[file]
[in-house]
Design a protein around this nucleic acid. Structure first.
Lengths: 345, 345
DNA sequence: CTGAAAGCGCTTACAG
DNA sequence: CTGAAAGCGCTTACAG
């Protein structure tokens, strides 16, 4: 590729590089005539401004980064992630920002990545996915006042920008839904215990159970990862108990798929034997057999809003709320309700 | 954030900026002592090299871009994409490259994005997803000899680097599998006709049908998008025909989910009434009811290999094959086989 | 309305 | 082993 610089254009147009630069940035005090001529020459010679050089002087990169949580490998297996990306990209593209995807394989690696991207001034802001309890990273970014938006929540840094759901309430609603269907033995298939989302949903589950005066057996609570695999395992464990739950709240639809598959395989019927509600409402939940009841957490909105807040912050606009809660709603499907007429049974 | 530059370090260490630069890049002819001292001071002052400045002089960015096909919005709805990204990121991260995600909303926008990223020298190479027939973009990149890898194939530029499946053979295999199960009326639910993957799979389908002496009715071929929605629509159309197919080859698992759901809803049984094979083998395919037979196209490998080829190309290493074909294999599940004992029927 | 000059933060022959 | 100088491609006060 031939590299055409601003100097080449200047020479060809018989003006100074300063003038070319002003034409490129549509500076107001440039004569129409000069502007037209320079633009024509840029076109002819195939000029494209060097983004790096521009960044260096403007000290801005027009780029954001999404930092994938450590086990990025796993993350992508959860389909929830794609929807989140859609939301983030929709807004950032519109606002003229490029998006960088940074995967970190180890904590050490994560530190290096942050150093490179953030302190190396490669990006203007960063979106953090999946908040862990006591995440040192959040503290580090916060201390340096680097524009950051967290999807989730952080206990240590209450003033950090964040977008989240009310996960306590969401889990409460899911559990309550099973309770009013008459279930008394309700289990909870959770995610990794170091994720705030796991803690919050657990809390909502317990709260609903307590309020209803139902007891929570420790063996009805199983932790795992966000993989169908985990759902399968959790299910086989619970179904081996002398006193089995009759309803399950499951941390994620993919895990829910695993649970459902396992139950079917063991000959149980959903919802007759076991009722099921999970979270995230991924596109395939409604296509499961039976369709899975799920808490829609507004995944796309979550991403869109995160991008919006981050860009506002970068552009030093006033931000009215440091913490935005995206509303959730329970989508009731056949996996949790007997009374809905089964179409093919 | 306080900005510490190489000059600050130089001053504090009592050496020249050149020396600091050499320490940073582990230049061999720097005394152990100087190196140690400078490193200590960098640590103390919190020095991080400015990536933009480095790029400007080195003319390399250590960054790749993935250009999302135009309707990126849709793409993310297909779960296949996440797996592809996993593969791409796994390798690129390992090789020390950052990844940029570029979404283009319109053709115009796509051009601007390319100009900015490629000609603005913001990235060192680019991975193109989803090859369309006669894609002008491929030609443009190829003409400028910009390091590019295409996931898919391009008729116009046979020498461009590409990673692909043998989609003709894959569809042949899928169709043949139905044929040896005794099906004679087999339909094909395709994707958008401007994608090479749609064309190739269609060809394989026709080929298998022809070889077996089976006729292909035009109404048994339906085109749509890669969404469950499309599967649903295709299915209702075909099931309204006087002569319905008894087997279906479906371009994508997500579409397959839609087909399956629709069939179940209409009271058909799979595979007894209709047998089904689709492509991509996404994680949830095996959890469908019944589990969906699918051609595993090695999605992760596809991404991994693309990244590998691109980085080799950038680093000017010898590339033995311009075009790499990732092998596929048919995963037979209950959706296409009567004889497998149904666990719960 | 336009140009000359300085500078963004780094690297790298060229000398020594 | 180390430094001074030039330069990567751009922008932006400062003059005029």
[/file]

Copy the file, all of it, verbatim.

[in-house]
Design a protein around this nucleic acid. Structure first.
Lengths: 345, 345
DNA sequence: CTGAAAGCGCTTACAG
DNA sequence: CTGAAAGCGCTTACAG
């Protein structure tokens, strides 16, 4: 590729590089005539401004980064992630920002990545996915006042920008839904215990159970990862108990798929034997057999809003709320309700 | 954030900026002592090299871009994409490259994005997803000899680097599998006709049908998008025909989910009434009811290999094959086989 | 309305 | 082993 610089254009147009630069940035005090001529020459010679050089002087990169949580490998297996990306990209593209995807394989690696991207001034802001309890990273970014938006929540840094759901309430609603269907033995298939989302949903589950005066057996609570695999395992464990739950709240639809598959395989019927509600409402939940009841957490909105807040912050606009809660709603499907007429049974 | 530059370090260490630069890049002819001292001071002052400045002089960015096909919005709805990204990121991260995600909303926008990223020298190479027939973009990149890898194939530029499946053979295999199960009326639910993957799979389908002496009715071929929605629509159309197919080859698992759901809803049984094979083998395919037979196209490998080829190309290493074909294999599940004992029927 | 000059933060022959 | 100088491609006060 031939590299055409601003100097080449200047020479060809018989003006100074300063003038070319002003034409490129549509500076107001440039004569129409000069502007037209320079633009024509840029076109002819195939000029494209060097983004790096521009960044260096403007000290801005027009780029954001999404930092994938450590086990990025796993993350992508959860389909929830794609929807989140859609939301983030929709807004950032519109606002003229490029998006960088940074995967970190180890904590050490994560530190290096942050150093490179953030302190190396490669990006203007960063979106953090999946908040862990006591995440040192959040503290580090916060201390340096680097524009950051967290999807989730952080206990240590209450003033950090964040977008989240009310996960306590969401889990409460899911559990309550099973309770009013008459279930008394309700289990909870959770995610990794170091994720705030796991803690919050657990809390909502317990709260609903307590309020209803139902007891929570420790063996009805199983932790795992966000993989169908985990759902399968959790299910086989619970179904081996002398006193089995009759309803399950499951941390994620993919895990829910695993649970459902396992139950079917063991000959149980959903919802007759076991009722099921999970979270995230991924596109395939409604296509499961039976369709899975799920808490829609507004995944796309979550991403869109995160991008919006981050860009506002970068552009030093006033931000009215440091913490935005995206509303959730329970989508009731056949996996949790007997009374809905089964179409093919 | 306080900005510490190489000059600050130089001053504090009592050496020249050149020396600091050499320490940073582990230049061999720097005394152990100087190196140690400078490193200590960098640590103390919190020095991080400015990536933009480095790029400007080195003319390399250590960054790749993935250009999302135009309707990126849709793409993310297909779960296949996440797996592809996993593969791409796994390798690129390992090789020390950052990844940029570029979404283009319109053709115009796509051009601007390319100009900015490629000609603005913001990235060192680019991975193109989803090859369309006669894609002008491929030609443009190829003409400028910009390091590019295409996931898919391009008729116009046979020498461009590409990673692909043998989609003709894959569809042949899928169709043949139905044929040896005794099906004679087999339909094909395709994707958008401007994608090479749609064309190739269609060809394989026709080929298998022809070889077996089976006729292909035009109404048994339906085109749509890669969404469950499309599967649903295709299915209702075909099931309204006087002569319905008894087997279906479906371009994508997500579409397959839609087909399956629709069939179940209409009271058909799979595979007894209709047998089904689709492509991509996404994680949830095996959890469908019944589990969906699918051609595993090695999605992760596809991404991994693309990244590998691109980085080799950038680093000017010898590339033995311009075009790499990732092998596929048919995963037979209950959706296409009567004889497998149904666990719960 | 336009140009000359300085500078963004780094690297790298060229000398020594 | 180390430094001074030039330069990567751009922008932006400062003059005029």